History and profile
Founded four years before the American magazine Weird Tales was initiated in March 1923, Der Orchideengarten is considered to be the first fantasy magazine. Also described as largely 'supernatural horror', it was edited by World War I correspondent and freelance writer Karl Hans Strobl and Alfons von Czibulka, published by Dreiländerverlag. It had 24 pages per issue printed on rough book paper.
The magazine included a wide selection of new and reprinted stories by both German-language and foreign writers. The main source
of the translated material Der Orchideengarteen published was French literature; Der Orchideengarten
published works by such authors as Voltaire, Charles Nodier, Guy de Maupassant, Théophile Gautier, Victor Hugo, Villiers de l'Isle-Adam  and Guillaume Apollinaire. Other noted writers such as Apuleius, Charles Dickens, Pushkin, Edgar Allan Poe, Washington Irving, Amelia Edwards, Nathaniel Hawthorne, H. G. Wells, Valery Bryusov and Karel and Josef Čapek were all published in Der Ochideengarten. German language writers for the magazine included Strobl,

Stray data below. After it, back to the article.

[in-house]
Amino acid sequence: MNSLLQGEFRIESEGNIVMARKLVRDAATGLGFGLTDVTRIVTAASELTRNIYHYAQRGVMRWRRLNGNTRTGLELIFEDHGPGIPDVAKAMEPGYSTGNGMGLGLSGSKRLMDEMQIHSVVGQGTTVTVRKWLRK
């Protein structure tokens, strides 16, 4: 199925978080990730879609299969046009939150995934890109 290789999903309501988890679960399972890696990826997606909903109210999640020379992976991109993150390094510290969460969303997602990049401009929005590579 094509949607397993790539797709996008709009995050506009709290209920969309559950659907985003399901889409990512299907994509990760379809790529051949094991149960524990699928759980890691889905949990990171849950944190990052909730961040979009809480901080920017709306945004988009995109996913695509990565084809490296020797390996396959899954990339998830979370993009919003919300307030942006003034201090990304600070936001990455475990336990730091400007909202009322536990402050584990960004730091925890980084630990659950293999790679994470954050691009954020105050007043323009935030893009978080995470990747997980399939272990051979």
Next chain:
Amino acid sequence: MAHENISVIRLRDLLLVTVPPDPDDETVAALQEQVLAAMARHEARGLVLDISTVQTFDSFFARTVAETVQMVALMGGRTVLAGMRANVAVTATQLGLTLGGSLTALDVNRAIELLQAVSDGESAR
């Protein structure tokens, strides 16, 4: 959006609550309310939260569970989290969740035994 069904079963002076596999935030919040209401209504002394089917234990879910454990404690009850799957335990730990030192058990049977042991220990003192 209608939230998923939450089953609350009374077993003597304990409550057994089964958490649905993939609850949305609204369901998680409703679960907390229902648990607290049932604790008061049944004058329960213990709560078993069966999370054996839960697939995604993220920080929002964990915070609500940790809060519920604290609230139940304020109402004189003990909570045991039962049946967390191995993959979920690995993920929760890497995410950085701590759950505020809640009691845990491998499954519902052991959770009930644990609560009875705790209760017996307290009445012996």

Hermann Harry Schmitz, Leo Perutz
and Alexander Moritz Frey, as well as reprinted stories by E. T. A. Hoffmann. Illustrations included reproductions of medieval woodcuts and pictures by Gustave Dore and Tony Johannot, as well as contemporary artists such as
Rolf von Hoerschelmann (1885–1947),
Otto Linnekogel (1892–1981),
Karl Ritter (1888-?), Heinrich Kley, Alfred Kubin,
Eric Godal (1899–1969), Carl Rabus, (1898–1982) (famous for his work in the magazine Jugend)  Otto Nückel and
Max Schenke (1891–1957).